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Dying Out: The Last Samaritans - Real Stories

Updated: Apr 3


Video from Real Stories


Dying Out: The Last Samaritans - Real Stories

"The Samaritans are one of the most ancient tribes in the world - they’ve been around for over 3,000 years. But the population is now fragile and the tribe at risk of finally dying out... Their population consists of just four extended families, around only 800 people in total (in Roman times there used to be over a million). They have three men to every one woman. To keep the tribe going they’ve tried bringing in women from afar, including a number from the Ukraine. But is it too little, too late?' from the video introduction.


The Samaritans Survived Centuries of War and Slavery. Today, They Face a New Challenge: Too Many Men

When you watch the Samaritans carry out their sacred traditions, you will never know the ancient religious order is on the brink of extinction.

On their holiest of nights, Passover, sacrificial sheep arrive as a pack.

They are led by a man who pushes his way through the crowd to a mountaintop compound where a dozen pits of fire crackle and spit into the evening air.

The white-clad faithful are some of the few remaining members of the Samaritans, a religious minority who trace their lineage back to the Israelites Moses led from slavery in Egypt.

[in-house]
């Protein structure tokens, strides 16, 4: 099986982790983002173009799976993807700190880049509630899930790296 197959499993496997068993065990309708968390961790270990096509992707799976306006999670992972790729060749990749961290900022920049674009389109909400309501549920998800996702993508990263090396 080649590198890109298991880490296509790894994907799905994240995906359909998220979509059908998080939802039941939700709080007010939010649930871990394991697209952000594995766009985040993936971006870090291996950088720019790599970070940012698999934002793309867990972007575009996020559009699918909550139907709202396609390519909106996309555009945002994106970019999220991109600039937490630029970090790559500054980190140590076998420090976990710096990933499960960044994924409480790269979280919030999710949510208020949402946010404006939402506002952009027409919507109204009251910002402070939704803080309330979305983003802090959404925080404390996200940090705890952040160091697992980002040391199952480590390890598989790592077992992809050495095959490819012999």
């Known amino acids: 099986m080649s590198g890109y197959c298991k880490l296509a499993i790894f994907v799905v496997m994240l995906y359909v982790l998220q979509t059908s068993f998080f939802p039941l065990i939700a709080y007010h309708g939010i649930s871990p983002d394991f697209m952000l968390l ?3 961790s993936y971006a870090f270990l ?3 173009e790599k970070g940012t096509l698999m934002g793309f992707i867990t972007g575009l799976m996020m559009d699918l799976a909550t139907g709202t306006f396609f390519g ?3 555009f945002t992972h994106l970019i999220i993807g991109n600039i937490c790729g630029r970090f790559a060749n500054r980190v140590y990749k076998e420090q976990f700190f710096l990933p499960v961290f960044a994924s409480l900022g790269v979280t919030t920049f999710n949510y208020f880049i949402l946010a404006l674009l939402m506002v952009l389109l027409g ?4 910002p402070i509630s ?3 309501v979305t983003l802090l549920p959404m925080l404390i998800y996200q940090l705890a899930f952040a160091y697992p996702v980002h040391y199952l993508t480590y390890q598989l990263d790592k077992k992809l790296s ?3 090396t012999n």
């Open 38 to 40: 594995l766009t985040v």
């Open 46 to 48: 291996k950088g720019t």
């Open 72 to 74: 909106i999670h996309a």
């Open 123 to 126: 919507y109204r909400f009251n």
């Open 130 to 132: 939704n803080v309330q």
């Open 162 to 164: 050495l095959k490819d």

The religion is perhaps best known from the biblical parable of the Good Samaritan who, according to Jesus, helped an injured traveler on the road to Jericho.

Today, only about 800 Samaritans remain, divided among four broad families, spread between Mount Gerizim in the heart of Palestinian territory and the Israeli city of Holon.

With men making up many of its remaining members, this cloistered community must now rely on women from the outside world for its survival.


A Brief History of the Samaritans

"Israel Splits into Two Kingdoms

At the time of Jesus’ earthly ministry, the land of Samaria was situated between the regions of Galilee in the north and Judea in the south. Some believe Jews traveling between Galilee and Judea would take the longer, six-day journey along the Jordan River valley rather than taking a shorter, more direct route through Samaria because of the bitter history between the Jewish people and the Samaritans.

Hundreds of years previously, after the death of King Solomon in 975 BCE, the nation of Israel split into north and south. (See 1 Kings 11:26-39 and 1 Kings 12:1-24.) The northern tribes of Israel were collectively called Israel, and from the reign of Omri onwards, their capital city was Samaria (1 Kings 16:24). The southern tribes of Judah, Benjamin, and Simeon were collectively called Judah, and their capital city was Jerusalem. A distance of 50kms separated the cities of Jerusalem and Samaria..." from the article: A Brief History of the Samaritans


Map showing Samaria
Map Showing Samaria

The Samaritans – An Ancient Israelite People

"The heroic story of the Maccabees (celebrated during the festival of Hanukkah) appears nowhere in the Torah or the other canonical collection of Hebrew Scriptures. Where then can you find it? It appears prominently in the Apocrypha section of most Catholic bibles. In a similar sense, most Jews, outside of Israel, are aware of the Samaritans (the Shamerim) only from reports about the “Parable of the Good Samaritan” told by Jesus in the Gospel of Luke.